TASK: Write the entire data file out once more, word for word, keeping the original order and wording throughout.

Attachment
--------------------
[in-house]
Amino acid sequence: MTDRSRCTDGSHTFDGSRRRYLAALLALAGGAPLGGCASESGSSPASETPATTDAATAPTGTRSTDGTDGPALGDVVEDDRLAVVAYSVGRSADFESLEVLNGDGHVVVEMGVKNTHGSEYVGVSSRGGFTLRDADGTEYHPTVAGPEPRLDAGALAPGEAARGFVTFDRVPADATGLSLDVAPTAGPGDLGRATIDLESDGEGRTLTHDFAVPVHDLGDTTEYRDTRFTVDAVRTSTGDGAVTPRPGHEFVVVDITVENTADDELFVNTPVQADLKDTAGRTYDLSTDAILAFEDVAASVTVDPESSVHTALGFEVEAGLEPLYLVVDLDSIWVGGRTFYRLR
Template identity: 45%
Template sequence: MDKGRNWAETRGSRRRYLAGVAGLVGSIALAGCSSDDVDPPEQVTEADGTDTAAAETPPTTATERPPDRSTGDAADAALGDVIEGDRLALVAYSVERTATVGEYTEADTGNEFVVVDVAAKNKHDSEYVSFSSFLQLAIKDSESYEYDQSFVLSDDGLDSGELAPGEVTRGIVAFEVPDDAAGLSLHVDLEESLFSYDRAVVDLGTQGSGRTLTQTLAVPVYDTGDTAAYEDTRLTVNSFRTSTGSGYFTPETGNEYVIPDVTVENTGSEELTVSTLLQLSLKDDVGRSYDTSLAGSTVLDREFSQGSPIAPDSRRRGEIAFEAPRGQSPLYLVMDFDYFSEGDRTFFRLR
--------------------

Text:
[in-house]
Amino acid sequence: MTDRSRCTDGSHTFDGSRRRYLAALLALAGGAPLGGCASESGSSPASETPATTDAATAPTGTRSTDGTDGPALGDVVEDDRLAVVAYSVGRSADFESLEVLNGDGHVVVEMGVKNTHGSEYVGVSSRGGFTLRDADGTEYHPTVAGPEPRLDAGALAPGEAARGFVTFDRVPADATGLSLDVAPTAGPGDLGRATIDLESDGEGRTLTHDFAVPVHDLGDTTEYRDTRFTVDAVRTSTGDGAVTPRPGHEFVVVDITVENTADDELFVNTPVQADLKDTAGRTYDLSTDAILAFEDVAASVTVDPESSVHTALGFEVEAGLEPLYLVVDLDSIWVGGRTFYRLR
Template identity: 45%
Template sequence: MDKGRNWAETRGSRRRYLAGVAGLVGSIALAGCSSDDVDPPEQVTEADGTDTAAAETPPTTATERPPDRSTGDAADAALGDVIEGDRLALVAYSVERTATVGEYTEADTGNEFVVVDVAAKNKHDSEYVSFSSFLQLAIKDSESYEYDQSFVLSDDGLDSGELAPGEVTRGIVAFEVPDDAAGLSLHVDLEESLFSYDRAVVDLGTQGSGRTLTQTLAVPVYDTGDTAAYEDTRLTVNSFRTSTGSGYFTPETGNEYVIPDVTVENTGSEELTVSTLLQLSLKDDVGRSYDTSLAGSTVLDREFSQGSPIAPDSRRRGEIAFEAPRGQSPLYLVMDFDYFSEGDRTFFRLR